British scholar Charles J. Dunn claims that hashioki were used by more affluent JapaneseIMG_1364 households during the Tokugawa period (1603-1868).(4) This ivory-colored porcelain rest its asymmetrical floral design and gold embellishment is typical of the Satsuma ceramics popular during that period.

H. Elliott McClure, an American ornithologist and hashioki collector who lived in Japan during the 1950s, and the author of the only article on hashioki published in an English-language scholarly journal to date, believed that hashioki are a “modern innovation… probably not used before the turn of the [twentieth] century.”(5)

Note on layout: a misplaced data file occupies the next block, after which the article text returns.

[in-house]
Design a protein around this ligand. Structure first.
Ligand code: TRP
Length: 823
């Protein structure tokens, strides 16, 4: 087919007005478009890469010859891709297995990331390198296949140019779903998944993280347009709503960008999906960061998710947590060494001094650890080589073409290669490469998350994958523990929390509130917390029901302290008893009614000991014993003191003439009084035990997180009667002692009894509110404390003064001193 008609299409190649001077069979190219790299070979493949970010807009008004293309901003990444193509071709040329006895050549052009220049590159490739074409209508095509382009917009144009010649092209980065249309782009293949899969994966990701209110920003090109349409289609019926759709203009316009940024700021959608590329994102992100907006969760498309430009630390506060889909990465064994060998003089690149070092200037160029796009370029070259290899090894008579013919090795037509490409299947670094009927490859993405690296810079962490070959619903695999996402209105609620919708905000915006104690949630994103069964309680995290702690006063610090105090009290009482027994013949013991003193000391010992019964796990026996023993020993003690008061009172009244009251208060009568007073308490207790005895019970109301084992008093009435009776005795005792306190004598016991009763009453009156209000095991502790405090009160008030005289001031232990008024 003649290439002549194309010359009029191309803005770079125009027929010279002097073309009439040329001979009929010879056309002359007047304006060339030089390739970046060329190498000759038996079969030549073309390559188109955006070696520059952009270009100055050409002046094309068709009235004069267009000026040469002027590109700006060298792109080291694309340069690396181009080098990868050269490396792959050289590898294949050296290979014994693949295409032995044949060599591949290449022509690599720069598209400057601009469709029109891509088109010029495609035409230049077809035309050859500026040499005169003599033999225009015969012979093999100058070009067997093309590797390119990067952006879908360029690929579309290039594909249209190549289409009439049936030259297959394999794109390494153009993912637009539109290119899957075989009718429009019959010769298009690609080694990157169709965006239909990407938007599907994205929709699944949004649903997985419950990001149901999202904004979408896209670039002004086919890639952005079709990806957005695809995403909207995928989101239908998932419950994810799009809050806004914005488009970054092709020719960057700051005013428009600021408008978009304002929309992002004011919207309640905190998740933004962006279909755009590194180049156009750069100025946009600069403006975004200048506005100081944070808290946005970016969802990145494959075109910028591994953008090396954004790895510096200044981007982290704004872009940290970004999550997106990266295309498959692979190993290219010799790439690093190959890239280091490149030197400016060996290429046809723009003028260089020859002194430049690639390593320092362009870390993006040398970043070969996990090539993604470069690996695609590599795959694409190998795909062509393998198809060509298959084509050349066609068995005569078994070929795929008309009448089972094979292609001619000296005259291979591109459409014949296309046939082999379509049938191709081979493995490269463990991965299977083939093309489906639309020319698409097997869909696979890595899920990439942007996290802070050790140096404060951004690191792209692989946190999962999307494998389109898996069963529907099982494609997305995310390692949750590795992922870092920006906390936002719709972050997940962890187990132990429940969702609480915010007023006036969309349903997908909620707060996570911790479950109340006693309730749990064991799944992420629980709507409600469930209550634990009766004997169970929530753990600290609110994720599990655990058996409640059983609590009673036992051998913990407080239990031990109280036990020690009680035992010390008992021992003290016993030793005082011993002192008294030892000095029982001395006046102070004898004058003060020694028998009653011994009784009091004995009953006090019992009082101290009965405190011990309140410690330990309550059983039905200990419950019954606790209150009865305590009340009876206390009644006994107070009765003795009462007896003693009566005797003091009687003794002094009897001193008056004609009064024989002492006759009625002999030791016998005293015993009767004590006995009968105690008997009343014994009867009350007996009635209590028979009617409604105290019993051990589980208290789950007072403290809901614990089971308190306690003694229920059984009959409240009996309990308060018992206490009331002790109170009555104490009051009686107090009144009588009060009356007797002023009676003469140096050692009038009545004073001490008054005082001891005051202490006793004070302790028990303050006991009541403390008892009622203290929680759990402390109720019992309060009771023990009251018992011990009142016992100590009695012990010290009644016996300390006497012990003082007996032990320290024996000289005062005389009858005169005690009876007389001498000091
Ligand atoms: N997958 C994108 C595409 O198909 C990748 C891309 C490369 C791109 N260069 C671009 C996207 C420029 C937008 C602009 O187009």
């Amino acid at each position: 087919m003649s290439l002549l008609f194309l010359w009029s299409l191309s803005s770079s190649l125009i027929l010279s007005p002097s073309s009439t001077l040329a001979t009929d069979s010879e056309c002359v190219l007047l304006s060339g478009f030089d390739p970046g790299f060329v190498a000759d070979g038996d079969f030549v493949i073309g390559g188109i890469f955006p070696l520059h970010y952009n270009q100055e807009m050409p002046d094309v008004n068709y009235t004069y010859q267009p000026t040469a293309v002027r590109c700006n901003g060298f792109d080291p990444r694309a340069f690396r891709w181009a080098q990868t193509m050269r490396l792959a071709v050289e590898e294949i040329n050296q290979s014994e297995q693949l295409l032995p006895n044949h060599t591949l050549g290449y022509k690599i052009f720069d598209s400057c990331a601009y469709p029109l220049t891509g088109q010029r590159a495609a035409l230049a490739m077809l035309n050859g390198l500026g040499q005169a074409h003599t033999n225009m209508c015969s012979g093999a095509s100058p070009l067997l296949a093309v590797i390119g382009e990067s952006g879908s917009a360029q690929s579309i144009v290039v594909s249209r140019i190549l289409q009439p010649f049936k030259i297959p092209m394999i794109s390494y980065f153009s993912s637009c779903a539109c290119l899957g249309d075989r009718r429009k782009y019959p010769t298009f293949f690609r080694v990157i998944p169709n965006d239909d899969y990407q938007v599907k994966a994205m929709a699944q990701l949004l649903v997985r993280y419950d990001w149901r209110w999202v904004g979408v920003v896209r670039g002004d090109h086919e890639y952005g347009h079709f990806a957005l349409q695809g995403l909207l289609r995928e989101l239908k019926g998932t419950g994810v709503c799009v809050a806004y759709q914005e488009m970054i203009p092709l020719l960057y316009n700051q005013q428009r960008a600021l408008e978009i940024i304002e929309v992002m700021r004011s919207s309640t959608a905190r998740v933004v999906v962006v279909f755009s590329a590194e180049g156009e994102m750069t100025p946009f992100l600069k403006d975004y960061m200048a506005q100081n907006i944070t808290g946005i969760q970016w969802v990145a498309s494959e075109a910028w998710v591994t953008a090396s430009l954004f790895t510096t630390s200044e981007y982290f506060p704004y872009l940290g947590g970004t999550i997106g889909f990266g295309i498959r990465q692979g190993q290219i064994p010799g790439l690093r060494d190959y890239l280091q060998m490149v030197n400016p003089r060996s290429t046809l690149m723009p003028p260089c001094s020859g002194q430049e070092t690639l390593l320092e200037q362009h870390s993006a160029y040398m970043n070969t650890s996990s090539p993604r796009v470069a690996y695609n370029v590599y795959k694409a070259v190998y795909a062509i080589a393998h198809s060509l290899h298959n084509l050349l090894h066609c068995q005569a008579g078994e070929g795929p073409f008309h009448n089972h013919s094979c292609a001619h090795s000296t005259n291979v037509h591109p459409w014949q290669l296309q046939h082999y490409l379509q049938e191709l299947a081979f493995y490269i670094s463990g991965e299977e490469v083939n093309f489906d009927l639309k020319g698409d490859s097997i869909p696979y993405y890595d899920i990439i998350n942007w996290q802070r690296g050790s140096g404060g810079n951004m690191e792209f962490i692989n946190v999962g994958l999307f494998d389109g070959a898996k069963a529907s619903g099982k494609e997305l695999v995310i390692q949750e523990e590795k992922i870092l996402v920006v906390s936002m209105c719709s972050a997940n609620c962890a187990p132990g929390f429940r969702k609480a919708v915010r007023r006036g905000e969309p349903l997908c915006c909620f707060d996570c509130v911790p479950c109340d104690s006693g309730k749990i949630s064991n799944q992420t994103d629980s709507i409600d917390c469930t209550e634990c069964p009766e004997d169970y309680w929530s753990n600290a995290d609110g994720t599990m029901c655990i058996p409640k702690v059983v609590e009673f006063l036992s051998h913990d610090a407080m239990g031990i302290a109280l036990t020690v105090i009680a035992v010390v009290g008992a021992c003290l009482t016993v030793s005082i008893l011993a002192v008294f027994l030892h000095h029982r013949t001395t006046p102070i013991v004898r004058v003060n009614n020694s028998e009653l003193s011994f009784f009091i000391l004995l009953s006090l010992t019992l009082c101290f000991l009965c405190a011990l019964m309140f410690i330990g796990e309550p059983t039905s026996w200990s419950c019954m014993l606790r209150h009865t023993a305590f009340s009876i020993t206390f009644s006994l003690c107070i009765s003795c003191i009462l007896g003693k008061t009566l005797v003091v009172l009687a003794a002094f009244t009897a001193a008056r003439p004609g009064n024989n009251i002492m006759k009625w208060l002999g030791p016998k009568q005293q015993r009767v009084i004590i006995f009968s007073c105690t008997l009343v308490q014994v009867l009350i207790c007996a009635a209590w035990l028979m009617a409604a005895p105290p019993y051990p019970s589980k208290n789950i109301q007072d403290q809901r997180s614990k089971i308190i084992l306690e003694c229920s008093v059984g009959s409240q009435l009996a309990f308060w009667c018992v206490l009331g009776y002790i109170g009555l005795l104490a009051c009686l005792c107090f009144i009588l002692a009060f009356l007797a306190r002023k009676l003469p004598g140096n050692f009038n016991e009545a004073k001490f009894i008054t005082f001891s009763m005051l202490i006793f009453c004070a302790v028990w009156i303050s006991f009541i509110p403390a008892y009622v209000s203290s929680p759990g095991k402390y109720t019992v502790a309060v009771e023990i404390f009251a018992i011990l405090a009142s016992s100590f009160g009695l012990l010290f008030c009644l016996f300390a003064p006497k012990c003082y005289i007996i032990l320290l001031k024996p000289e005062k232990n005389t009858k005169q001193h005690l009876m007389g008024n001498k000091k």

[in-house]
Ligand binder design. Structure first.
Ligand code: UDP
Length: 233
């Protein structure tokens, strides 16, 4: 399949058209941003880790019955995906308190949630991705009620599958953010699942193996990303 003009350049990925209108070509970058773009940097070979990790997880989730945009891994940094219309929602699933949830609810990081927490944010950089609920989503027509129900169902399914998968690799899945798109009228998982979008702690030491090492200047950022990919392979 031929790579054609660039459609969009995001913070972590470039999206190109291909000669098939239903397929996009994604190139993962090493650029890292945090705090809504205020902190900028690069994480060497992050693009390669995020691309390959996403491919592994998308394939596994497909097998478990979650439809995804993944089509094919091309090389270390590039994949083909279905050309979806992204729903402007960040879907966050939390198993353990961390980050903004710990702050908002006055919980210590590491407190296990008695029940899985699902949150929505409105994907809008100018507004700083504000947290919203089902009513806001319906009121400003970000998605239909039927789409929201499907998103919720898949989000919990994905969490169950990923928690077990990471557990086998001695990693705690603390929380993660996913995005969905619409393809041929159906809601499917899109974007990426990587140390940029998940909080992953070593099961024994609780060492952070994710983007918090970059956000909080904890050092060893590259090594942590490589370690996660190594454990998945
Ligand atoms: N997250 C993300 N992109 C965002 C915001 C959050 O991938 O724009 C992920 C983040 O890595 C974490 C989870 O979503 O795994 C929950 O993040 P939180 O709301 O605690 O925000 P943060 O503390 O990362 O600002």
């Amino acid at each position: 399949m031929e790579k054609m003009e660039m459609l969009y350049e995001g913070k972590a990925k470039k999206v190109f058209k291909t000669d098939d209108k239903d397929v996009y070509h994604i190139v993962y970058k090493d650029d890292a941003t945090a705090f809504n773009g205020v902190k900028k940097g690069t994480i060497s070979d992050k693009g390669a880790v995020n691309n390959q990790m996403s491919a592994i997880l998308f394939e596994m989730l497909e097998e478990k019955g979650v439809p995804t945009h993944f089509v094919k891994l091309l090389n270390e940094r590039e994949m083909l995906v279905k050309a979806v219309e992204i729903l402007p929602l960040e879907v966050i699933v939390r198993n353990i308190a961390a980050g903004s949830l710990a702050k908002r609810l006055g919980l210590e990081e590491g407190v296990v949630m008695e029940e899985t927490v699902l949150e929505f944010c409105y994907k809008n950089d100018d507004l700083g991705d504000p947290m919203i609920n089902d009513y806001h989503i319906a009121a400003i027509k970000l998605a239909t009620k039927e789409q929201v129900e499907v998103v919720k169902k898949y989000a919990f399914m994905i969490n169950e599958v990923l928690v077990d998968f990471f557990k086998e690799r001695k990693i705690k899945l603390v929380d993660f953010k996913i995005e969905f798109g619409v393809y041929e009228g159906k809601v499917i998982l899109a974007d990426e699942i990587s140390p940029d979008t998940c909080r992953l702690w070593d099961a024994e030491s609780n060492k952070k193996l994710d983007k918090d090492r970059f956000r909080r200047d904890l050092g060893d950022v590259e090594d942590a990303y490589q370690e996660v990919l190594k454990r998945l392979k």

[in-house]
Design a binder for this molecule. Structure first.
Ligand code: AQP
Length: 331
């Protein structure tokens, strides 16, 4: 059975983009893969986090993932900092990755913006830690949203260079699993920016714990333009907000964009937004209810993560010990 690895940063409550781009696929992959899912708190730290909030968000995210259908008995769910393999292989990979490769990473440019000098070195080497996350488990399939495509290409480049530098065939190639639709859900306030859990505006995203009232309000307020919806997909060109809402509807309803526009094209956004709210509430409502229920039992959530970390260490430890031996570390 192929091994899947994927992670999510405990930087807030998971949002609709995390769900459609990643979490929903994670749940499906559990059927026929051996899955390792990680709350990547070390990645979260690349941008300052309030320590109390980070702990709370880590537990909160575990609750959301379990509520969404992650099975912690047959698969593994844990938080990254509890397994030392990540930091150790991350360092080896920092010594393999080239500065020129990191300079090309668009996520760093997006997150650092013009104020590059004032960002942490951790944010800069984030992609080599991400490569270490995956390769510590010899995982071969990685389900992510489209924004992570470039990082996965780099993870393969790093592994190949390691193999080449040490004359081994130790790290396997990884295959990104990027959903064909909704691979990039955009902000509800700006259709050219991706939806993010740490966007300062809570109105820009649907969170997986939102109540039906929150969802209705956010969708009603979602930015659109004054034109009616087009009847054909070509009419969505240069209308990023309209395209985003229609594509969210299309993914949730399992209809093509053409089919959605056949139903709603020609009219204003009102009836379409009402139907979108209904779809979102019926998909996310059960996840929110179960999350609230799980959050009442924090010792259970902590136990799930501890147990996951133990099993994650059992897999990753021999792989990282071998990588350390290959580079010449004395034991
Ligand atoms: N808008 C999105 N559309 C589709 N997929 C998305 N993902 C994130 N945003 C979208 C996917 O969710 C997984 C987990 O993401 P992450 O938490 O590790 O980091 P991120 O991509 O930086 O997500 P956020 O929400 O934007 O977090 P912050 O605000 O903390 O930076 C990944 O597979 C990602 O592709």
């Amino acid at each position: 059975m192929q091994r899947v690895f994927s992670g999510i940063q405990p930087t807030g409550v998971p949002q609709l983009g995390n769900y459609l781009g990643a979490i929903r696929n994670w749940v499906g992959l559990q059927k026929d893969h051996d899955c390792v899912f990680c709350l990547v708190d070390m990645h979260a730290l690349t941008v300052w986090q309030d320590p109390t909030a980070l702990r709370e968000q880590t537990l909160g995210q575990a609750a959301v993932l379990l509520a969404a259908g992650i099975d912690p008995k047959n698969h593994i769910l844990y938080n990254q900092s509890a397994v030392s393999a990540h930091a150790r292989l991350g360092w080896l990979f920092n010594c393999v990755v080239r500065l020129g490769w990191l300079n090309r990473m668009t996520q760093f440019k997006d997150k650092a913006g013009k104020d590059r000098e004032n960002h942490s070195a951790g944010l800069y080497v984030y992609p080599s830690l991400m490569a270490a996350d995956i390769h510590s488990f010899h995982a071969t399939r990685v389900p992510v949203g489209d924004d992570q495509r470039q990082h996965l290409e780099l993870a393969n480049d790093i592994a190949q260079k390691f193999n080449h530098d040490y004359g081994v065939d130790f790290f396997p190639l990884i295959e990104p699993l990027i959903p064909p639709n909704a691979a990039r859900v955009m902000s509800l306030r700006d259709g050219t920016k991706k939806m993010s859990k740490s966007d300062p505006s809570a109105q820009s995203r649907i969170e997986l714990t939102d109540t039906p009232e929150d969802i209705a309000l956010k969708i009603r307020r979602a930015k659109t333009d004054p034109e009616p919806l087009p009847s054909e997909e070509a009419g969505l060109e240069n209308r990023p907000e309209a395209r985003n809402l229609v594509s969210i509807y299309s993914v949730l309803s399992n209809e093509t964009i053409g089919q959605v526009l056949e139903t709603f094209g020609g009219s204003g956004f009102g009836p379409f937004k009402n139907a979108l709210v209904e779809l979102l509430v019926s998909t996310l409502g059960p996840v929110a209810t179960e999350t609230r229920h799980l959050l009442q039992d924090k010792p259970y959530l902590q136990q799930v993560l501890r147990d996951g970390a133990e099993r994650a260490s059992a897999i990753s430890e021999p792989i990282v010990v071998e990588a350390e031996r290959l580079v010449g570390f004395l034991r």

Even if chopstick rests existed in Japan prior to 1900, they became much more popular after this time in response to several trends. First, this period coincided with the establishment of depāto, or department stores in Japan. These department stores fueled the growth of a consumer culture in Japan,(6) specifically among the merchant and artisan classes, which now constituted a middle class with money to spend. Anthropologist Millie Creighton points out that while the department stores sell Western goods in Japan, they also sell domestic products, and as such are “involved in the creation IMG_1365of cultural meanings… they are also curators of Japanese tradition, re-defining the meanings associated with a Japanese heritage.”(7)  For example, this blue and white speckled hyotan or gourd, purchased in a Mitsukoshi department store, is a traditional good luck symbol, and also reflects the Japanese affinity for forms from nature. Today the housewares departments of Japanese depāto continue to offer some of the largest and most varied assortments of hashioki, including many hashioki featuring traditional motifs.